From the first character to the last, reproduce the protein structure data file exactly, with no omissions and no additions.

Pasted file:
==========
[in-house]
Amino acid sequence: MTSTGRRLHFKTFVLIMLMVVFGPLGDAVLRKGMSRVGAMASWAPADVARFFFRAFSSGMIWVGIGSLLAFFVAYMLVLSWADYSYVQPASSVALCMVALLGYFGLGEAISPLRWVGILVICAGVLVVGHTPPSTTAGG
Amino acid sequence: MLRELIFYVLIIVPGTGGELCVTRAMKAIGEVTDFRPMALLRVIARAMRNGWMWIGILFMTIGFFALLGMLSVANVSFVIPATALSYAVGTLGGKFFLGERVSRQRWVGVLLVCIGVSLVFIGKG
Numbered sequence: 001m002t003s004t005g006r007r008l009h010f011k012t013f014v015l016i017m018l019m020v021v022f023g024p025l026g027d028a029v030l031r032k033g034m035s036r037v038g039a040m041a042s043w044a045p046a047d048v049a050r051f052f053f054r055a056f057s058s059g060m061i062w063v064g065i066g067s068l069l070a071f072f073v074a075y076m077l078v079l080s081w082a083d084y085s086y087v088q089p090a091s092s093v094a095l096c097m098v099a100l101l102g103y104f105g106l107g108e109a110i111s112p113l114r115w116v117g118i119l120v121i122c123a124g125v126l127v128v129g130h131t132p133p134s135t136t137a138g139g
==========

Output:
[in-house]
Amino acid sequence: MTSTGRRLHFKTFVLIMLMVVFGPLGDAVLRKGMSRVGAMASWAPADVARFFFRAFSSGMIWVGIGSLLAFFVAYMLVLSWADYSYVQPASSVALCMVALLGYFGLGEAISPLRWVGILVICAGVLVVGHTPPSTTAGG
Amino acid sequence: MLRELIFYVLIIVPGTGGELCVTRAMKAIGEVTDFRPMALLRVIARAMRNGWMWIGILFMTIGFFALLGMLSVANVSFVIPATALSYAVGTLGGKFFLGERVSRQRWVGVLLVCIGVSLVFIGKG
Numbered sequence: 001m002t003s004t005g006r007r008l009h010f011k012t013f014v015l016i017m018l019m020v021v022f023g024p025l026g027d028a029v030l031r032k033g034m035s036r037v038g039a040m041a042s043w044a045p046a047d048v049a050r051f052f053f054r055a056f057s058s059g060m061i062w063v064g065i066g067s068l069l070a071f072f073v074a075y076m077l078v079l080s081w082a083d084y085s086y087v088q089p090a091s092s093v094a095l096c097m098v099a100l101l102g103y104f105g106l107g108e109a110i111s112p113l114r115w116v117g118i119l120v121i122c123a124g125v126l127v128v129g130h131t132p133p134s135t136t137a138g139g